By Christine Davila | SydneysBuzz May 1, 2013 at 1:30PM
The summertime, downtown set, glitzy yet ‘cashz’ LA Film Festival, presented by Film Independent has announced their film lineup today. The verdict on the Latino rep? Compared to the last three festivals I’ve examined this year, Sundance, SXSW and Tribeca, LA Film Festival comes through with arguably the most valuable representation; there are three films representing American Latino in the narrative competition and one in documentary competition.
The lineup consists of a handful of new American indies mixed in with many favorited international films from last year’s Toronto, Venice, London and Berlin film festivals, and seven Sundance films screening out of competition including Ryan Coogler’s Fruitvale Station, which won both the Audience and Jury Awards in Park City. Starring Boricua Melonie Diaz as Oakland police murder victim Oscar Grant’s girlfriend, Fruitvale will be given the gala treatment (like last year’s Sundance awarded, Black film, Middle of Nowhere), alongside the direct-from-Cannes, Only God Forgives, the reteaming of director Nicolas Winding Refyn and GQ sensitive alpha hero Ryan Gosling (Drive).
But I’m not here to comb and recycle through the ‘high profile’ films that come armed with buzz. As always I’m spotlighting U.S. films in which the writer/director/cast are native born whose ethnic/cultural roots originates from Mexico, Central or South America. In addition, films by filmmakers who may not be Latino, but whose narratives explore and relate to the relevant bi-cultural experience/subjects. And finally I also like to mention the Latin films (international).
While I’m happy to acknowledge and give it up for LA, it’s still painful for this blogger/programmer to know there are so many more fresh American Latino films out there ready to be discovered. Game-changing films offering such fresh and original perspectives, which have by and large been dismissed by most of the major US Film Festivals. With the futures of the two highest profile Latino niche festivals in limbo, The Los Angeles Latino International Film Festival and HBO’s NY International Latino Film Festival, it’s especially crushing to know that these films might also be robbed of their only community platform. It’s cause for alarm and high time to address this void. But wait, lets save that for another post. For now, lets get back to the Latino stories coming at you at this year’s LA Film Festival. For official synopsis and pics check the Film Guide here.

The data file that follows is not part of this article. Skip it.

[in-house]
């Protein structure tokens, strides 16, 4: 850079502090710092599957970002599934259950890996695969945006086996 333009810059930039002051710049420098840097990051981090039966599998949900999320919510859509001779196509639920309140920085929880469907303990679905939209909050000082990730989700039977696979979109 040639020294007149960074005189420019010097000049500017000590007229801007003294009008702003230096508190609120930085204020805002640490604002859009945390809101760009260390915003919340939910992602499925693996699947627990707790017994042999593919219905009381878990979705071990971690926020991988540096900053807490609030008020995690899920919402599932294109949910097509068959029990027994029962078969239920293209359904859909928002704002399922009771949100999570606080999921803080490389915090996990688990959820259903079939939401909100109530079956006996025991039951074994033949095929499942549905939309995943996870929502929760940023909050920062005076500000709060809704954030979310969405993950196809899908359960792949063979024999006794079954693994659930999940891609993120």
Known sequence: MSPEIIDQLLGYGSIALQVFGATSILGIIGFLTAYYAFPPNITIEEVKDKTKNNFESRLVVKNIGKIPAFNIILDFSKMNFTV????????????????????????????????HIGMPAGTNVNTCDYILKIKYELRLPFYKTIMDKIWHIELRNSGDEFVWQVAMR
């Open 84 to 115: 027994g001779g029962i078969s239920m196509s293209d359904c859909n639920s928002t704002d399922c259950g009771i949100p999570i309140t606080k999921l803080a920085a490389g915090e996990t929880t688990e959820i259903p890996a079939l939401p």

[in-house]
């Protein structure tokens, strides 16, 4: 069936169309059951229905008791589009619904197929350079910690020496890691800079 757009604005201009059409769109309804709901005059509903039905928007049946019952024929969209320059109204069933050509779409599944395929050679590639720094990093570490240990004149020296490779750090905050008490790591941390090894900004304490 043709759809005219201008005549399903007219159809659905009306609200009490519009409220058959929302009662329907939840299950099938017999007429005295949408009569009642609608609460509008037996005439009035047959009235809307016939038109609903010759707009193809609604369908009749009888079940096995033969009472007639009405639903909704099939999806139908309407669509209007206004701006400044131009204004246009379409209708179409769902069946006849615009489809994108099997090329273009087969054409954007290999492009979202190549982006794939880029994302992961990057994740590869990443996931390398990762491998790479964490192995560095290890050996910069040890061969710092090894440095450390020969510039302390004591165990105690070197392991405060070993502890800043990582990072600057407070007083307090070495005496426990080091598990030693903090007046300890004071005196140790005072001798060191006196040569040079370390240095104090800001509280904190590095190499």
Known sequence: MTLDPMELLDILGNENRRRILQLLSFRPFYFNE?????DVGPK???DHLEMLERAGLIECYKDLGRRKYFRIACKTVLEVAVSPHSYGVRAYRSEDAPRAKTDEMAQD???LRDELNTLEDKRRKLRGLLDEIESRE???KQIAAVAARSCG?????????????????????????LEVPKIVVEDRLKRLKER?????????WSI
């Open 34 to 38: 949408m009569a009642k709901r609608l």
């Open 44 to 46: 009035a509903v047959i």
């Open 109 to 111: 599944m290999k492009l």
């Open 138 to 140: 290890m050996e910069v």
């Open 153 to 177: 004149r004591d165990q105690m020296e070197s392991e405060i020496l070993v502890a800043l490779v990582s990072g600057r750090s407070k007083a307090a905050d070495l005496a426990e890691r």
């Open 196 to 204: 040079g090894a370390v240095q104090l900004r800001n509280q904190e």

NARRATIVE COMPETITION – Notably 9 of the 12 are US, hopefully giving the scrappy indies a better chance to compete and win the cash prize against the healthy subsidized production value of foreign movies. Five are first features and only one female narrative director.
40 YEARS FROM YESTERDAY written and directed by Rodrigo Ojeda-Beck and Robert Machoian
This is the first feature from the writing/directing team who got a lot of attention with their 2010 short Charlie and The Rabbit. Ojeda-Beck (whose parents are from Peru) and Machoian who is from the heavily Mexican populated King City, met at Cal State, Monterey Bay where they forged a tight artistic collaboration. Forty Years from Yesterday is described as Machoian’s imagination of how his mother’s death would unfold for his own family, capturing the loss his siblings would feel in losing a parent and his father’s pain in facing the death of his partner.
The duo have their way with documentary, fiction and experimental form, instilling an aura of temporality in an anchored realism. This unique evocative alchemy is found in Machoian’s doc short, Movies Made from Home #16, a 4 minute existential moment which screened at Sundance this year. The cosmic life themes they tend to broach are treated in such a down to earth and sensitive way, which is further made relatable by the natural non-pro performances they employ. Robert’s father, Bill Graham has starred in a few of his films and in Forty Years from Yesterday, both Robert’s parents and siblings play themselves. See this endearing behind the scenes clip of the making of the film:
THE HOUSE THAT JACK BUILT written by Joseph B. Vasquez and directed by Henry Barrial